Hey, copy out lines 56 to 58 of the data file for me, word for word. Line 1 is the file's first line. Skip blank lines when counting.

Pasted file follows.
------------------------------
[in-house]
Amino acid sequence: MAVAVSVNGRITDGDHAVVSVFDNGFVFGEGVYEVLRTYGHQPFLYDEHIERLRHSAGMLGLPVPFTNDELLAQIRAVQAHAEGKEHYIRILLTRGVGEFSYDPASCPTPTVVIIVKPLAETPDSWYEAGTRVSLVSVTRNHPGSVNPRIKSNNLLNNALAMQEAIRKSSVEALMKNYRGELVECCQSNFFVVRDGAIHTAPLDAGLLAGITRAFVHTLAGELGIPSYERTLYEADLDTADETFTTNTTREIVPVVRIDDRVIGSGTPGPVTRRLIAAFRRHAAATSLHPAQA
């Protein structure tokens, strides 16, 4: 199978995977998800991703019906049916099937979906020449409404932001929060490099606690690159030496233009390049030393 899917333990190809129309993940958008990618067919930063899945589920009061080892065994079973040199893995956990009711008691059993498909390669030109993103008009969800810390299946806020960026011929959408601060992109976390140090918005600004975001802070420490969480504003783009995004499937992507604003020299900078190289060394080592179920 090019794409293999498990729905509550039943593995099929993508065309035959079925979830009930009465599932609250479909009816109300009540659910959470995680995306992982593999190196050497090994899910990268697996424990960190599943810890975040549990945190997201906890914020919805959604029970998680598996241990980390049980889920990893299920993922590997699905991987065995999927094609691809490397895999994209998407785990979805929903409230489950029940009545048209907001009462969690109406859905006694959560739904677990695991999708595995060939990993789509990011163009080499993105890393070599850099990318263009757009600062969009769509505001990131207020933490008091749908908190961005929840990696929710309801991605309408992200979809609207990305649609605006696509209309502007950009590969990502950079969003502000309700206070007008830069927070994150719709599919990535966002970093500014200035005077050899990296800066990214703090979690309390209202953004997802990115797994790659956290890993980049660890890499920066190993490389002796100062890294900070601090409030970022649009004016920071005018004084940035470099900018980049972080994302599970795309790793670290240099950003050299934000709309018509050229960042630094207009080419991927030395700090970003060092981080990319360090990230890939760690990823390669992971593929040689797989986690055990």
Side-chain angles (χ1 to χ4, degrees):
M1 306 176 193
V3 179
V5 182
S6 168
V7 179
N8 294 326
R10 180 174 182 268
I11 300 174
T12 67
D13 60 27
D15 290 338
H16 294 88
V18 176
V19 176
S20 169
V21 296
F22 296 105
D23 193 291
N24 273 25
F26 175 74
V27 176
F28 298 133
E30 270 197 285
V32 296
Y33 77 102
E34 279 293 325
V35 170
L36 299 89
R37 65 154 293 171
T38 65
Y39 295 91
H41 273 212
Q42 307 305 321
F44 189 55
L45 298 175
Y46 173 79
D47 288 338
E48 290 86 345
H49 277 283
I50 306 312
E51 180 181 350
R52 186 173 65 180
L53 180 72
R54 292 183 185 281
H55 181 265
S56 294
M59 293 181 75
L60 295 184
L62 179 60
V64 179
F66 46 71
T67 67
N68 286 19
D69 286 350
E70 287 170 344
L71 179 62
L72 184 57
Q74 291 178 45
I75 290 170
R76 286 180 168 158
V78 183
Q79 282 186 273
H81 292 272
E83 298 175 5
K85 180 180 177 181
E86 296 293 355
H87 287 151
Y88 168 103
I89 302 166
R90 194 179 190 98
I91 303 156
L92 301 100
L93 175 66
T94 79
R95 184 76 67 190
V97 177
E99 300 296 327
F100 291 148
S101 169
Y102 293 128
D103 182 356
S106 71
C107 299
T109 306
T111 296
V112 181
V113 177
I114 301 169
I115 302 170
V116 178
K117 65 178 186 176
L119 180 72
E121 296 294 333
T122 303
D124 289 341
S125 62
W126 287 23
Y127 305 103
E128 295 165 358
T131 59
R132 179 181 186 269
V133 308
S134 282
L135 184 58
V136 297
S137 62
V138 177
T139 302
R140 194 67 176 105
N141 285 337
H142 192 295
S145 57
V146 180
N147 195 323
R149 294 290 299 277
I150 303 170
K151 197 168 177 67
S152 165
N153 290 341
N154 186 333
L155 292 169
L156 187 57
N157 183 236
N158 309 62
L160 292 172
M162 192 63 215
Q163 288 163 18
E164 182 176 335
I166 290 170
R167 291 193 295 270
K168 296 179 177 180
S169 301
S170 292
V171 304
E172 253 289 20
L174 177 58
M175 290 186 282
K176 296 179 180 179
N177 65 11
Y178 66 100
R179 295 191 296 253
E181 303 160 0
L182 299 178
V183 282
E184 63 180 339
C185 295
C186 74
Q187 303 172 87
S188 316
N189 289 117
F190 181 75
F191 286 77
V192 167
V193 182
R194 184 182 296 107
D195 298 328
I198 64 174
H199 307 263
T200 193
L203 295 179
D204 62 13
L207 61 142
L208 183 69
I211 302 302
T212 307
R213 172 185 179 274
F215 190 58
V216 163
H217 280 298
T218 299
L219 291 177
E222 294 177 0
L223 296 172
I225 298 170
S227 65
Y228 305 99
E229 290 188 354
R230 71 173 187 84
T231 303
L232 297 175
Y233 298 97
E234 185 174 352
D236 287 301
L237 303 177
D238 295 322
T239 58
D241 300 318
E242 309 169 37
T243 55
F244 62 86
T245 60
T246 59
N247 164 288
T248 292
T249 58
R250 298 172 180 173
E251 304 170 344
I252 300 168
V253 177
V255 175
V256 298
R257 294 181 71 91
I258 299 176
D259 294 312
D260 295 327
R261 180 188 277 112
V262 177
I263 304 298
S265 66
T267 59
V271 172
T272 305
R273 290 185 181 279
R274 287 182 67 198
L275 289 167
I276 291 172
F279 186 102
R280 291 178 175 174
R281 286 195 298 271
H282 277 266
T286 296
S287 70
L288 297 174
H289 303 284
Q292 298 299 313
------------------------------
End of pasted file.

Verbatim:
T67 67
N68 286 19
D69 286 350